In another instance, a kayaker easily surmounted a waterfall in North Carolina amid rain, sleet and high winds. Fifty yards downstream, a small ledge in the riverbed created a "hole" - a depression in the river's bottom where water dangerously recirculates, as if in a washing machine. The six other kayakers accompanying the paddler approached the hole only seconds behind him and saw his helmet flash in the backwash. He recirculated for four minutes, each cycle holding him under for 20 seconds, allowing him to surface briefly, then pulling him under again. Then he popped out of the hole and floated serenely, already dead. None of the others even brushed danger.

Each year almost as many people die on calm, moderately challenging rapids as on large, expert-only waterfalls.

Warren and his companions believe they know how to identify and avoid risks. And to a degree, they are right. But much of their confidence is an illusion. While humans are exceptionally good at identifying risks, we're notoriously fallible at estimating the likelihood that a risk will materialize.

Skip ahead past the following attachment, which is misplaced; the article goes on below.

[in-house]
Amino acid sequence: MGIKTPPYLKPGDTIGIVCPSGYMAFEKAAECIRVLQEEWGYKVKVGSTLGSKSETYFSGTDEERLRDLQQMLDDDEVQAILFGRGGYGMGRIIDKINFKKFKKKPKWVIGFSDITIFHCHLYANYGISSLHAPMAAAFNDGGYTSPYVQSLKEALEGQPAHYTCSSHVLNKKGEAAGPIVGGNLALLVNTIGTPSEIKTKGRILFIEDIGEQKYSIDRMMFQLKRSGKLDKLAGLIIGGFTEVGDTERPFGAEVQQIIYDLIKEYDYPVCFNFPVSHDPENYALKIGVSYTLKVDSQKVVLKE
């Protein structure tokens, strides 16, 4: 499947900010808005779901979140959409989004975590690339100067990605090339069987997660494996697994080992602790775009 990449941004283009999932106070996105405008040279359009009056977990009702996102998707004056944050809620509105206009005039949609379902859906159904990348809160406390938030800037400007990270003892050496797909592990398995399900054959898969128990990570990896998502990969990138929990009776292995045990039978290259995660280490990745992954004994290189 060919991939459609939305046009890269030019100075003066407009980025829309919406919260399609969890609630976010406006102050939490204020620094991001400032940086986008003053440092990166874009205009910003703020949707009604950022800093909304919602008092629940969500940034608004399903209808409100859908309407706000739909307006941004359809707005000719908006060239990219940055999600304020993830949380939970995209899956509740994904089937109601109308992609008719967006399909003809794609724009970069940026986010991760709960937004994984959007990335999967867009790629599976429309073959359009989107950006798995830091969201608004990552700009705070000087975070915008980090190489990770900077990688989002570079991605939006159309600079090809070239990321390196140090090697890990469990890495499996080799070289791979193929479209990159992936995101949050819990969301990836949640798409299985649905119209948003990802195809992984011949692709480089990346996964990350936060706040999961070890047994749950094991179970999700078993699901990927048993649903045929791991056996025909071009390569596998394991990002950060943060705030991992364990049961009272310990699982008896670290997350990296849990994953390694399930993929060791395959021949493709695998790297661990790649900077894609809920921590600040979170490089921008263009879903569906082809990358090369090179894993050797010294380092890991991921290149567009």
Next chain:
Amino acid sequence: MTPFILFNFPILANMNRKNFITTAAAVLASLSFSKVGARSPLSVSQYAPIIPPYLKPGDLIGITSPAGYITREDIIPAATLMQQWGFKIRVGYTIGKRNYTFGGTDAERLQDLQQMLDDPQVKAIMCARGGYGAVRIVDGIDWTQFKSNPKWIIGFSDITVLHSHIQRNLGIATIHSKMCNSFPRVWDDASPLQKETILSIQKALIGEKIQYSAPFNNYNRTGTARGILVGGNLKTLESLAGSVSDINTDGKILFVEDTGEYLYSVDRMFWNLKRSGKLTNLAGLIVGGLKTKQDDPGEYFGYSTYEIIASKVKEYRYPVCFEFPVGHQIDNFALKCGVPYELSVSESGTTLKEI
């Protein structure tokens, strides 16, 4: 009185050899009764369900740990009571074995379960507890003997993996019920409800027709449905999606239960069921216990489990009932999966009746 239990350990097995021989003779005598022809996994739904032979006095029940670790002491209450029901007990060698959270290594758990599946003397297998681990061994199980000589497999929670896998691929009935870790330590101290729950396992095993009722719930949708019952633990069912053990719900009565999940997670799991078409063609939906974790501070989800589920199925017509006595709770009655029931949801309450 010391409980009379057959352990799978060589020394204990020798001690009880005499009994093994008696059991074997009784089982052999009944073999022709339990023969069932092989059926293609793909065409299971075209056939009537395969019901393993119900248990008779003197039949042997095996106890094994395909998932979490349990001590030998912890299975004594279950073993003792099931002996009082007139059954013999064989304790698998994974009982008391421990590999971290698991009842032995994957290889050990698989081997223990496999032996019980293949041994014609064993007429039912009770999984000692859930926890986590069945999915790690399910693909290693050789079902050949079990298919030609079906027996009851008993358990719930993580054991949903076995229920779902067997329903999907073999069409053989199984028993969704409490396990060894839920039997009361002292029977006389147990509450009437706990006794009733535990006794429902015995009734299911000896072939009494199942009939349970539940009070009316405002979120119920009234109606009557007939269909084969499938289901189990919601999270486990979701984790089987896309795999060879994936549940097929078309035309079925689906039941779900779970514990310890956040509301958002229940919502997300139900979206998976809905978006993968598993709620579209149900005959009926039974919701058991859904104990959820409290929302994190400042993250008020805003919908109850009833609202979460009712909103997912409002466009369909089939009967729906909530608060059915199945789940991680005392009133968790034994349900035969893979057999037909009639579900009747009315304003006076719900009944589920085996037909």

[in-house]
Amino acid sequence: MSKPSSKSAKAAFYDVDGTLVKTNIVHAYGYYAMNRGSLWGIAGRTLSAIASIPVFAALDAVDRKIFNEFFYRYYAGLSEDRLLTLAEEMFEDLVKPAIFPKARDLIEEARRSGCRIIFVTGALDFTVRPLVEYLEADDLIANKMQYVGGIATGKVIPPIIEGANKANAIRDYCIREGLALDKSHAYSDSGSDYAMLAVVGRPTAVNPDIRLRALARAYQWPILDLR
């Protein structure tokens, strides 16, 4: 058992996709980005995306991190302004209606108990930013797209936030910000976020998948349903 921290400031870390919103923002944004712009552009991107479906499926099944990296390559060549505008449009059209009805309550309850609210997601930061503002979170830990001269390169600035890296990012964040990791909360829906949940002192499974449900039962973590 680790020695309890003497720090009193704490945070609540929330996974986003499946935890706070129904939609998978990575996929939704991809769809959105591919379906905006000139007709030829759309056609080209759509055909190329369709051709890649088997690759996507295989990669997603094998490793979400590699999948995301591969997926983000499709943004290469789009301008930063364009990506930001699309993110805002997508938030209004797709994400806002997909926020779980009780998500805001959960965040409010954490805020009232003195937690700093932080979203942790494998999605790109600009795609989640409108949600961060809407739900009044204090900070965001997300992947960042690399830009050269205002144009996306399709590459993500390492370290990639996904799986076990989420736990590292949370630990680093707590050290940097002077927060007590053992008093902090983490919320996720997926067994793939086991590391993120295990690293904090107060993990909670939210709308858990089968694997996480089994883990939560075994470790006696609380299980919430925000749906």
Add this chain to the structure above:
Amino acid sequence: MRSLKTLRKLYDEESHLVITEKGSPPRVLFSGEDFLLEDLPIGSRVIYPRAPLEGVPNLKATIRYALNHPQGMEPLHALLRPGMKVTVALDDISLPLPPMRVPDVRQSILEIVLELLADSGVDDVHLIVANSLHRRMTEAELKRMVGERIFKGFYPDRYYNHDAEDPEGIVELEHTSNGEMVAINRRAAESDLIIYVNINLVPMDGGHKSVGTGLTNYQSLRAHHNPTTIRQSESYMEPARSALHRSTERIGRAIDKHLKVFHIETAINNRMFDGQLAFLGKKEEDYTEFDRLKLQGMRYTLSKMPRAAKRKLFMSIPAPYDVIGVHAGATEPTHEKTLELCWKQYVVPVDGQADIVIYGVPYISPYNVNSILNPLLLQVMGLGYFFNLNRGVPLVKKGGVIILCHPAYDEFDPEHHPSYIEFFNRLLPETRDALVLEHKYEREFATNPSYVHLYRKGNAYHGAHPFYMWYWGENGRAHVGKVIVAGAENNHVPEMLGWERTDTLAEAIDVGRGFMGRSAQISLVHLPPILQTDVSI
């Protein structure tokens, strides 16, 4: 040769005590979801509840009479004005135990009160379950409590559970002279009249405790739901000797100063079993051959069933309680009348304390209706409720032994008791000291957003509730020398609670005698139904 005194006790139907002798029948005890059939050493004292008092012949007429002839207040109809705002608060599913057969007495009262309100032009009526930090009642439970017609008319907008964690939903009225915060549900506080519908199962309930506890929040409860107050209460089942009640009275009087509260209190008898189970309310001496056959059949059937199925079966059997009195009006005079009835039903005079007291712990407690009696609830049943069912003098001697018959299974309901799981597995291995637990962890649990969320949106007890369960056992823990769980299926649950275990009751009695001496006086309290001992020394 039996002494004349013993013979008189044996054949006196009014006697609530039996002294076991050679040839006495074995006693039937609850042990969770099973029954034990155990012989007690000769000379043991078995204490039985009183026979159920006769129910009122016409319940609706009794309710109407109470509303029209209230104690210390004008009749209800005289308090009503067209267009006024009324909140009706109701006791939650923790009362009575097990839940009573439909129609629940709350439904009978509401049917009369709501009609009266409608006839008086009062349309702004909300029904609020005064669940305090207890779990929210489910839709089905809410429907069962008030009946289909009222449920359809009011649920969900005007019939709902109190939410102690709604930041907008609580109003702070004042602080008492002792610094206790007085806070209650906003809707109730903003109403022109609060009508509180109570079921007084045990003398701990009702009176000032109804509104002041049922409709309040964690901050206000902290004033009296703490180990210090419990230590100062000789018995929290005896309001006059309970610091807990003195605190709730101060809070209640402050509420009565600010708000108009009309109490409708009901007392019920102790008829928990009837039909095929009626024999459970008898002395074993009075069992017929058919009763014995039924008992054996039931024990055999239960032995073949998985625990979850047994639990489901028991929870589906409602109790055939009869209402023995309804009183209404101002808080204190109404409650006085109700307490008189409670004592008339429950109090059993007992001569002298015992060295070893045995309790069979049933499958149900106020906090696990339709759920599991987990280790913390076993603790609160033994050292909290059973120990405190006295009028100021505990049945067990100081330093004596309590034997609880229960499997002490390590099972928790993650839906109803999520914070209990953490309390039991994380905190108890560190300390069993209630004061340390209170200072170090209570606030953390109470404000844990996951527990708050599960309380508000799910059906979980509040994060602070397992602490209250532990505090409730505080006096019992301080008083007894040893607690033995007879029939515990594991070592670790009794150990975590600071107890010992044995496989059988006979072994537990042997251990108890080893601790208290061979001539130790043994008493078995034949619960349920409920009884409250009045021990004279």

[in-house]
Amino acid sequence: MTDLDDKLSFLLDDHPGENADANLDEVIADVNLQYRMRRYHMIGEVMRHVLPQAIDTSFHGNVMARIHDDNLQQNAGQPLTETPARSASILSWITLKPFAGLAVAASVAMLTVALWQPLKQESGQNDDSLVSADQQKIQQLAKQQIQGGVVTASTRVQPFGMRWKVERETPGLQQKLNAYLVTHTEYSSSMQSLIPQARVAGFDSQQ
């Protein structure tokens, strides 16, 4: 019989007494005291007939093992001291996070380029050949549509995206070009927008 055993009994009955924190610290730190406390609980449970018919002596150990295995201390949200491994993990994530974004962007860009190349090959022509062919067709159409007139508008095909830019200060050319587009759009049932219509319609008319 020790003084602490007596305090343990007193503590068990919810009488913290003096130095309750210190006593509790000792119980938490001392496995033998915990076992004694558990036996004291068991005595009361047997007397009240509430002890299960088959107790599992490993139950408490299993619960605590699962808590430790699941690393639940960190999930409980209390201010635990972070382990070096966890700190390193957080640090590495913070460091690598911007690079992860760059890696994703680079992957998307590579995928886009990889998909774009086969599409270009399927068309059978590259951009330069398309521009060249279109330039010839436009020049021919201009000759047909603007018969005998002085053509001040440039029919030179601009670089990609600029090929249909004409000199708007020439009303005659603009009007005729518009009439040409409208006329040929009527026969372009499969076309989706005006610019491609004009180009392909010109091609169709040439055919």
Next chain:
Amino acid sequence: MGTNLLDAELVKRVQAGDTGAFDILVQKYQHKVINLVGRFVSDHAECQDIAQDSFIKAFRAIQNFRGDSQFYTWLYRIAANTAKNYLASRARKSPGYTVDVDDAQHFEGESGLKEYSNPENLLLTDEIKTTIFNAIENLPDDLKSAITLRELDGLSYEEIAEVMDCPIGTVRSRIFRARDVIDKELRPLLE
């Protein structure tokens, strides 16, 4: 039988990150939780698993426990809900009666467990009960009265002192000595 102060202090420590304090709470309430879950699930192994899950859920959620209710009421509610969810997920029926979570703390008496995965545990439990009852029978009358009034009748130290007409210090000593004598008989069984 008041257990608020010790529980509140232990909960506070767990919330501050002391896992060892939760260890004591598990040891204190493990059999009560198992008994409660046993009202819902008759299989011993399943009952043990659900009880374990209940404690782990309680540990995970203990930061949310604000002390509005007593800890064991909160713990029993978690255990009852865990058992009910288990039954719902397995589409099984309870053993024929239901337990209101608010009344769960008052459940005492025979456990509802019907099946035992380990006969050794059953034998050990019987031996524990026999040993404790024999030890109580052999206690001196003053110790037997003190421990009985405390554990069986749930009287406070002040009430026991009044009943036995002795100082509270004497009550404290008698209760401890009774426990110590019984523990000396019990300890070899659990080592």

In kayaking, hazards lie beneath the water's surface and risks are unpredictable. If one of these kayakers dies, it will likely have far less to do with his abilities than with the fact that we humans are, at our core, awful risk assessors.

Risk aversion

"I have a plan for every stroke before I even get wet," Warren says as his bright orange boat glides through the first teacup, paddles flashing like the blades of a windmill.

As he and Boyer approach the drop - an 8-foot tube of water that angles at 45 degrees - they are confronted with a choice. To the left of the lip, water falls calmly but a small rock juts out, a slight though obvious hazard. To the right, the water churns viciously. There may be dangers underneath, but they are hidden from sight.

As they analyze the options, the human weaknesses that plague decision making emerge.

The mistake Warren is about to commit was discovered decades ago in a series of experiments. In one of the first social science laboratories, professors in white coats recruited human lab rats and presented them with two alternatives: a traditional insurance plan, in which the premium is $100 and all stolen belongings are replaced, or a new type of insurance in which subjects pay only a $45 premium, but if their belongings go missing the insurance company will flip a coin. If it comes up heads they'll pay the claim, but tails pays nothing.

From a rational perspective, the $45 choice is superior: Subjects received 50% coverage for only 45% of the premium. But subjects overwhelmingly chose the $100 insurance policy. Why? Because most humans instinctively seek to eliminate risk rather than merely reduce it.